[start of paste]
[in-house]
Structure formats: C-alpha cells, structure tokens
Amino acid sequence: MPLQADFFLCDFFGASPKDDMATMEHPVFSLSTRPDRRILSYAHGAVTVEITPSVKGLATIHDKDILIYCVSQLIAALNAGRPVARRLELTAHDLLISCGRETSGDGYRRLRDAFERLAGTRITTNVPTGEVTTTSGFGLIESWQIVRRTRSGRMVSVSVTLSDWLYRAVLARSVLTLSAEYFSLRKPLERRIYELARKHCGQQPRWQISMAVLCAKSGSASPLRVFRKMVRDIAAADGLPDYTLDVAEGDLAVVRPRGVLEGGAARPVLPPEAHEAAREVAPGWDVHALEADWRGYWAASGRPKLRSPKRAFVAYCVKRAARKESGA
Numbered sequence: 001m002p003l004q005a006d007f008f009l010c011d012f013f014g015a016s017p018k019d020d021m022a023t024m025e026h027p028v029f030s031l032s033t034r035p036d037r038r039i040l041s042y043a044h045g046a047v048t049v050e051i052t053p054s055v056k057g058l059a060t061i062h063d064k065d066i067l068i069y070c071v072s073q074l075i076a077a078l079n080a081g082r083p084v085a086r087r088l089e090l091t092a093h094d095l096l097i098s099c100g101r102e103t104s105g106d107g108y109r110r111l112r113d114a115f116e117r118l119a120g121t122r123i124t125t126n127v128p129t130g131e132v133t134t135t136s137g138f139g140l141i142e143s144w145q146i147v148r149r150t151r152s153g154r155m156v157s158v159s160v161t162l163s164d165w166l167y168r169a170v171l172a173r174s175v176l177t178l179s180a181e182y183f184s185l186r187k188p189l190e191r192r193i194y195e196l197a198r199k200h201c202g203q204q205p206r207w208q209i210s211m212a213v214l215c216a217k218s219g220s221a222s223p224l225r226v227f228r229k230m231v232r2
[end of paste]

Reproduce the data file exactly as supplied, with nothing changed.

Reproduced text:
[in-house]
Structure formats: C-alpha cells, structure tokens
Amino acid sequence: MPLQADFFLCDFFGASPKDDMATMEHPVFSLSTRPDRRILSYAHGAVTVEITPSVKGLATIHDKDILIYCVSQLIAALNAGRPVARRLELTAHDLLISCGRETSGDGYRRLRDAFERLAGTRITTNVPTGEVTTTSGFGLIESWQIVRRTRSGRMVSVSVTLSDWLYRAVLARSVLTLSAEYFSLRKPLERRIYELARKHCGQQPRWQISMAVLCAKSGSASPLRVFRKMVRDIAAADGLPDYTLDVAEGDLAVVRPRGVLEGGAARPVLPPEAHEAAREVAPGWDVHALEADWRGYWAASGRPKLRSPKRAFVAYCVKRAARKESGA
Numbered sequence: 001m002p003l004q005a006d007f008f009l010c011d012f013f014g015a016s017p018k019d020d021m022a023t024m025e026h027p028v029f030s031l032s033t034r035p036d037r038r039i040l041s042y043a044h045g046a047v048t049v050e051i052t053p054s055v056k057g058l059a060t061i062h063d064k065d066i067l068i069y070c071v072s073q074l075i076a077a078l079n080a081g082r083p084v085a086r087r088l089e090l091t092a093h094d095l096l097i098s099c100g101r102e103t104s105g106d107g108y109r110r111l112r113d114a115f116e117r118l119a120g121t122r123i124t125t126n127v128p129t130g131e132v133t134t135t136s137g138f139g140l141i142e143s144w145q146i147v148r149r150t151r152s153g154r155m156v157s158v159s160v161t162l163s164d165w166l167y168r169a170v171l172a173r174s175v176l177t178l179s180a181e182y183f184s185l186r187k188p189l190e191r192r193i194y195e196l197a198r199k200h201c202g203q204q205p206r207w208q209i210s211m212a213v214l215c216a217k218s219g220s221a222s223p224l225r226v227f228r229k230m231v232r2